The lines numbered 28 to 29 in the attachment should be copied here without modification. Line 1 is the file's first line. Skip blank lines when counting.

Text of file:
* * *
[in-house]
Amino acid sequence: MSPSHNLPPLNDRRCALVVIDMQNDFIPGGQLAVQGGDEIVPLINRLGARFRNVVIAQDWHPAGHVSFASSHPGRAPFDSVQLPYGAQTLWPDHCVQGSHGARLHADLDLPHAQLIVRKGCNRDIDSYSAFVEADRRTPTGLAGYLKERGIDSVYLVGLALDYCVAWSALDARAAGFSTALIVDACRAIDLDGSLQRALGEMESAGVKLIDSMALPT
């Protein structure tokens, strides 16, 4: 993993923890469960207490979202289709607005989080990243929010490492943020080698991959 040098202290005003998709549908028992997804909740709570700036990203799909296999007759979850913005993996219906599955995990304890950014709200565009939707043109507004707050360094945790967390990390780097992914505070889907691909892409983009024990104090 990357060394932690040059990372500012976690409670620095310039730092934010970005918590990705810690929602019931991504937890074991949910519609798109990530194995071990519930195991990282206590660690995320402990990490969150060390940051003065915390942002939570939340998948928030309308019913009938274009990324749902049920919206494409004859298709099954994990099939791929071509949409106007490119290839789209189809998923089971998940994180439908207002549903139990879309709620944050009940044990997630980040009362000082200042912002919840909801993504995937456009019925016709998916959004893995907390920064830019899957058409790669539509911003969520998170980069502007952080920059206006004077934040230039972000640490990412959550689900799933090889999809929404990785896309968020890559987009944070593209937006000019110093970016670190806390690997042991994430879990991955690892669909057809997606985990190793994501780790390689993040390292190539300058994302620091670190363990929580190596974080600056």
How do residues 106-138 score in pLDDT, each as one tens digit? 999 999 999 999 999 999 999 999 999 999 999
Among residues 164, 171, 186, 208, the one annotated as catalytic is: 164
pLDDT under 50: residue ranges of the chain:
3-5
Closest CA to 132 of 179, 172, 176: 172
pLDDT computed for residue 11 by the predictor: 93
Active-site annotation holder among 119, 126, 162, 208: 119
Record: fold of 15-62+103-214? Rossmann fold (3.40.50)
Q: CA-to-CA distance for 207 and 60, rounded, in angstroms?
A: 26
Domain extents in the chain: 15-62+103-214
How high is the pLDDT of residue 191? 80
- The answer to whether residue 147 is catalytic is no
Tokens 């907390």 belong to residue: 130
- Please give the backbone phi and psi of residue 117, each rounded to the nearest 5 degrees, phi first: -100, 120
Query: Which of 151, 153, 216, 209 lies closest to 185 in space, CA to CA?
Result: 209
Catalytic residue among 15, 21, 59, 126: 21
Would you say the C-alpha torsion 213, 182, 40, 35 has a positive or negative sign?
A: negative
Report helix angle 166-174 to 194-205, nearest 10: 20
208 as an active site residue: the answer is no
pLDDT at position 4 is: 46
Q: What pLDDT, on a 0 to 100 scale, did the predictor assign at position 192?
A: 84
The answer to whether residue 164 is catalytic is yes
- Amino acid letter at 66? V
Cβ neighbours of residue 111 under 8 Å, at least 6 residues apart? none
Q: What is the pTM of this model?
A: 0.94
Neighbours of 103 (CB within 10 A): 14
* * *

A: 84
The answer to whether residue 164 is catalytic is yes